The problem is that all programming languages are constructed (yes, even Common Lisp), so basically anything about programming would be on-topic in this case, since all have to use a (constructed) language. More concretely, I think that we should focus on languages intended for communication between humans (or sentients, at any rate), not a language for ...


9

Those are not SO-translations. Those are separate sites. Restricting national versions of SO to national questions only makes exactly as much sense as restricting SO to England-related questions only.


8

Yo creo que sí es necesario, no todos los hispanos leemos bien el inglés, obviamente habrá algunos que sí, sin embargo, sus inquietudes y apreciaciones han sido descartadas de tajo por no saber el ingles, ahora bien si no entiendes lo que yo digo, entonces estarás en la misma posición de los hispanos que no saben inglés.


8

It would be unfortunate to preclude Dutch speakers in a Dutch Language proposal. On the contrary, studying a language has long been known to be best conducted in a full-immersion environment (i.e. in the target language only). We've even considered (on the Stack Exchange Team) urging our language sites to become "full immersion." Its long been known that ...


8

Latin’s mixed up with almost everything in Western civilization Latin is important because it's intertwined with a lot of things historically, and even some things today. Latin was not simply the language of the Roman empire; it was Europe's international language of science, religion, law, administration, and scholarship from about 800 CE to 1800 CE. Even ...


7

At http://english.stackexchange.com if you try to ask a question that is considered basic, it will be closed or you will get heaps of minuses. I am very careful when asking there. People who do not know English well yet, need MORE help, not less. So, this site could even become much more popular.


7

Yes. For this example, it isn't so much the content of the example questions that is relevant, but making sure that the community is there. My making people define, upvote questions, you ensure that you've got an engaged enough community to make a beta successful.


7

Most existing language SEs concentrate about the language itself: the grammar and the corpus. However (at least in my country) the languages are studied on philological faculties, and those include the literature and the cultural studies about the region in which the given language is native. I see no problem in defining the scope of the proposal such ...


6

I'm a French developer. I think a majority of my colleagues prefer it when they find information in French, and have their browser configured to search for pages in French if possible. Most of them can understand written English, and even write English if pressed, but would prefer a site in French. There is an audience for a Q&A site about programming in ...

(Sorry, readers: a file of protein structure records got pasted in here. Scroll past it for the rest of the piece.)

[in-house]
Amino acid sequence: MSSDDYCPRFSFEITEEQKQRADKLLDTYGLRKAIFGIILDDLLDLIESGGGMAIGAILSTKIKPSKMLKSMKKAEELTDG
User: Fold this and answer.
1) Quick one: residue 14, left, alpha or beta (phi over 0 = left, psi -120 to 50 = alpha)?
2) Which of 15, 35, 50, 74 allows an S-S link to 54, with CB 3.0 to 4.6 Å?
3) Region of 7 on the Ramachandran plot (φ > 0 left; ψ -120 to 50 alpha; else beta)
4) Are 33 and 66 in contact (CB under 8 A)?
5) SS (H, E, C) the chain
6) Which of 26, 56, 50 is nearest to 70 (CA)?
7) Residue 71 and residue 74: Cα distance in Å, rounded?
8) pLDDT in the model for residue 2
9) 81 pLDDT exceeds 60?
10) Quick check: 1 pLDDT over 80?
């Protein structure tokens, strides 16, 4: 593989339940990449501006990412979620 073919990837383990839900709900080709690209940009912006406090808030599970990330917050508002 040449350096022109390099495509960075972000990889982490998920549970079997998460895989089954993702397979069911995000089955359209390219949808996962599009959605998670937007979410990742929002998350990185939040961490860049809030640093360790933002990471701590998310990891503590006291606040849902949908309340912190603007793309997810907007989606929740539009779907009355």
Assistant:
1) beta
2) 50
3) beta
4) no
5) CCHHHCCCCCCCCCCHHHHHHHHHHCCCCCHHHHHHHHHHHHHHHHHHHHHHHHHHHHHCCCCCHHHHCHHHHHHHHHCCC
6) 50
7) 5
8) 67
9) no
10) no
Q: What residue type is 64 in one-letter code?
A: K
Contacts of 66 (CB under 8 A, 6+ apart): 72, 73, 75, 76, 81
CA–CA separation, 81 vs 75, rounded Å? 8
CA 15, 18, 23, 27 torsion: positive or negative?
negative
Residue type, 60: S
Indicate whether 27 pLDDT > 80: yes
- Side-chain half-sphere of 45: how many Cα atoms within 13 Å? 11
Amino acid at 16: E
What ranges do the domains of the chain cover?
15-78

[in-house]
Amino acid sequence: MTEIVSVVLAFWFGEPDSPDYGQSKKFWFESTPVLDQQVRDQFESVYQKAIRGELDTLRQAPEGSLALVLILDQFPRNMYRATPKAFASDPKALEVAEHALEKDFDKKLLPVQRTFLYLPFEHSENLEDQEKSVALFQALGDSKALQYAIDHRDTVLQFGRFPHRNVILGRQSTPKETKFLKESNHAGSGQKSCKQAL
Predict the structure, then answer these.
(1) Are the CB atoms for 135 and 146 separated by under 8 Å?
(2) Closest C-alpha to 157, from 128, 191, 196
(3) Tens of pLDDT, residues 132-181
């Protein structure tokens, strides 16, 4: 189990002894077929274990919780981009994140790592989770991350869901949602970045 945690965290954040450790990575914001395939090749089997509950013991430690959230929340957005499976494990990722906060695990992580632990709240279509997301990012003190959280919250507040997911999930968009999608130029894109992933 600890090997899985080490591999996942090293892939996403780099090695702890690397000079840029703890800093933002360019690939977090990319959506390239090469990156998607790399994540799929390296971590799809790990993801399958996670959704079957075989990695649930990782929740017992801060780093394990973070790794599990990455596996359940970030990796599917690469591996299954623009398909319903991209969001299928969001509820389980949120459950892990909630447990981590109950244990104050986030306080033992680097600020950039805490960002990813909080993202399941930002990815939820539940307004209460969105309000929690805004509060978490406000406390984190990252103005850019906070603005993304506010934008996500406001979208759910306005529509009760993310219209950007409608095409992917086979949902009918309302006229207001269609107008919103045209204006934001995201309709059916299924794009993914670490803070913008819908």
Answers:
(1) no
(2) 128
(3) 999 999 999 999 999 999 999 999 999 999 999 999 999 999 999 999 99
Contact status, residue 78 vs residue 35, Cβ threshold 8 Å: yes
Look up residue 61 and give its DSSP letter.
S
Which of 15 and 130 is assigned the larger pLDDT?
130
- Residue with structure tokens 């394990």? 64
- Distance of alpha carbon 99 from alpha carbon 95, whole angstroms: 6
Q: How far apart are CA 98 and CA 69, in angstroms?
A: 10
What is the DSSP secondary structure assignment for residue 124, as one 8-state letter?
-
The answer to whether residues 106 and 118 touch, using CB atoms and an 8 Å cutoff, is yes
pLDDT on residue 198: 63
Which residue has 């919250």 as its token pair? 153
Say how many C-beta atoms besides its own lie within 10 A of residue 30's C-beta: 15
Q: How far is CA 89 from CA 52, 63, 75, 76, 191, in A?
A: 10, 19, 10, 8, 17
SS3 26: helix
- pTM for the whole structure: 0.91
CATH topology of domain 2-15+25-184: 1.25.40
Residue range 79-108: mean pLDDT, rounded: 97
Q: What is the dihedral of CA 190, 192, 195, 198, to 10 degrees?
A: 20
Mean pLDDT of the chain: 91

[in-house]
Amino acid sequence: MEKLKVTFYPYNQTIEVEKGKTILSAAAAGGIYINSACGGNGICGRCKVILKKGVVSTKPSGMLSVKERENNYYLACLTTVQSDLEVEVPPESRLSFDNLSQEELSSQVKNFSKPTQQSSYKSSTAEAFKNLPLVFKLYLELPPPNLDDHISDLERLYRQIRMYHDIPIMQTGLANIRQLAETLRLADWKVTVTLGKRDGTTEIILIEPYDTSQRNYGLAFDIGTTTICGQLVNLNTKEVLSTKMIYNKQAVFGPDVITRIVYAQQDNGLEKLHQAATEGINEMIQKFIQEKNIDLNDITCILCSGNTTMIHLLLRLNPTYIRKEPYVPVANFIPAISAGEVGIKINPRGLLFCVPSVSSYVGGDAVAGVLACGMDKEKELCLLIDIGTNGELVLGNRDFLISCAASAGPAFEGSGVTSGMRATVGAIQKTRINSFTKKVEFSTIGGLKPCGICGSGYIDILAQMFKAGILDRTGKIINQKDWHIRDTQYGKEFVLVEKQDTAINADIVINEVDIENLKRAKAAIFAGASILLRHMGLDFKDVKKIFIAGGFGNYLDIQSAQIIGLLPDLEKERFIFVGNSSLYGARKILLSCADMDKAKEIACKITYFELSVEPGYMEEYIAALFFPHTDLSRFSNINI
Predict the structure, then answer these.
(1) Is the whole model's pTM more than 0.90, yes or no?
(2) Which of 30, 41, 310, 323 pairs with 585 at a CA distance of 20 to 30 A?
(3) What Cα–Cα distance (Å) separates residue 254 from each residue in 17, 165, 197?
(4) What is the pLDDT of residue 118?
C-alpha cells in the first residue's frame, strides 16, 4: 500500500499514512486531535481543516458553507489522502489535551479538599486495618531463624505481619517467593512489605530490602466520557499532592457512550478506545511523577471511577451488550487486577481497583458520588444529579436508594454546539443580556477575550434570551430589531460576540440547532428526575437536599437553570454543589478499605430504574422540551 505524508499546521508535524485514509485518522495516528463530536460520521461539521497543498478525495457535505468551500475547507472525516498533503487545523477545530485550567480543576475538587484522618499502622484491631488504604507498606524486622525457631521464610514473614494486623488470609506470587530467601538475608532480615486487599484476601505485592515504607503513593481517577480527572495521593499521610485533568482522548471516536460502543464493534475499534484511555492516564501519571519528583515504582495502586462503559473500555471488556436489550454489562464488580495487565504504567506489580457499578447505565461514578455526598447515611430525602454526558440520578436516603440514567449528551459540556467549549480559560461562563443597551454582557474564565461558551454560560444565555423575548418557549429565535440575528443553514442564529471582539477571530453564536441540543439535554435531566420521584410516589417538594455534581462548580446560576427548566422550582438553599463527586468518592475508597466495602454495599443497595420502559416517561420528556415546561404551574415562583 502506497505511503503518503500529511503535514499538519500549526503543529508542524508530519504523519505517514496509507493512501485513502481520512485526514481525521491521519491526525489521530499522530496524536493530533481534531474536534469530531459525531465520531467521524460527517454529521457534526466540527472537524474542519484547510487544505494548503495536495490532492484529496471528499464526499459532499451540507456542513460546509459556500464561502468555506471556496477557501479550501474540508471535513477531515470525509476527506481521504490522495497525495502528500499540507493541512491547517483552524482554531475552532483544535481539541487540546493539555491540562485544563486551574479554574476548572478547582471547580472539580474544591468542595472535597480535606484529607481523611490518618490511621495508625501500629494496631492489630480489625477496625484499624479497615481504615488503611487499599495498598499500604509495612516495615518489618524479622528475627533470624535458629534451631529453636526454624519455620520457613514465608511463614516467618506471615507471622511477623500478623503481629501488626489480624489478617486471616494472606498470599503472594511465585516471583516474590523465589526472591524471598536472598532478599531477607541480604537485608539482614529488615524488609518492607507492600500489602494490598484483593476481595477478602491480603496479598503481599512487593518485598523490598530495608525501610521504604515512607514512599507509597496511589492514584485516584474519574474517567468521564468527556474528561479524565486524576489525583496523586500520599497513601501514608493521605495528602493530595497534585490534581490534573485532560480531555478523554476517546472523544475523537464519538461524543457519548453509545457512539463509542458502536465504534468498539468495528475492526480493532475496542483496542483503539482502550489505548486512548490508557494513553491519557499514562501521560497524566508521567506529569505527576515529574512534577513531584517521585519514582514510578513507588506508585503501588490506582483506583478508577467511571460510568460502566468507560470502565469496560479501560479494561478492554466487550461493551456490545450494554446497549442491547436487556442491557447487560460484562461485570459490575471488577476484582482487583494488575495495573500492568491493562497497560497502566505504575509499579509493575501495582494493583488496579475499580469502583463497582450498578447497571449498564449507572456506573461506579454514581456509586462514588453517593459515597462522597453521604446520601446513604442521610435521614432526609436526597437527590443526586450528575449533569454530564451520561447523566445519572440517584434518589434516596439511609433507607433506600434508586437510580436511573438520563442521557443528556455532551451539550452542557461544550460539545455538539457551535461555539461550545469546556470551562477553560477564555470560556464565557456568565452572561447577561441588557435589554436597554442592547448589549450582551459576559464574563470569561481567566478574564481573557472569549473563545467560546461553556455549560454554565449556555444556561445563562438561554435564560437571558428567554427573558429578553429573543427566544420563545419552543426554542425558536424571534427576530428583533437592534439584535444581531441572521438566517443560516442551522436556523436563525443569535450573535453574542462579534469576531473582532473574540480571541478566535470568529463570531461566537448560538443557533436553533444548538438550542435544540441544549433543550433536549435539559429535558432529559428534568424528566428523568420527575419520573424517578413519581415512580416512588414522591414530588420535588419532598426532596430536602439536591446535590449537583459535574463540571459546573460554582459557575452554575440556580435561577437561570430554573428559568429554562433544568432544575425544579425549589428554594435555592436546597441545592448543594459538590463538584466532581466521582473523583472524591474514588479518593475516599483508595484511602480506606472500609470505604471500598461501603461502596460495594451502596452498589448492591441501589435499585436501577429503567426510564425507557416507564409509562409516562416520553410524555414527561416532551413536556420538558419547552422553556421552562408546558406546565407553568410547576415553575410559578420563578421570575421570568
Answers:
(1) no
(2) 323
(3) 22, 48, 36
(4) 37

6

Generally speaking, proposals that tend to move this slow do not end up creating viable sites. It is difficult enough to create a successful site, even in the best of circumstances. Momentum is a big part of the proposal process. Without seeing the enthusiasm and energy needed to build an active site, I'm afraid this proposal is not likely to do well, at ...


6

Here's the most recent thing I can find on Meta.SE on this perennial question. It's specific to books but the same principles apply. Basically, the rule/practice seems to be, individual sites can choose to allow or forbid recommendation questions, but even if they allow them, each question must have a problem to be solved which provides enough context for ...


6

Since there are only "example questions" in the proposal (no answers), your suggestion doesn't really apply to this site. But hang on to your question until the Q&A site is actually launched. I can appreciate the enthusiasm for getting started on the broader administrative challenges of running this site, but it is best to save these questions for the ...


4

As Robert has already covered, adding more diversity to the site user base is not a workable solution to the problem of having small audiences to start with. The issue you raise about existing example questions on Area 51 not complying with what SO is seems like a legitimate concern to me. This probably stems from not enough true experts from existing SE ...


4

I agree. It is my opinion that a separate site is needless fragmentation. If the concern is for driving away the "experts", there should also be an equivalent--if not greater--concern for fragmenting the existing user-base which numbers those who are interested both in basic and advanced English usage. This is essentially something which should be solved ...


4

Stack Exchange sites are defined by communities, not merely by topics. If a group of people are interested in a topic but are unable to communicate with each other then they do not constitute a real community for a Q&A site. Therefore I think the main part of the questions should be written in English. Other users can help the OP in stating the ...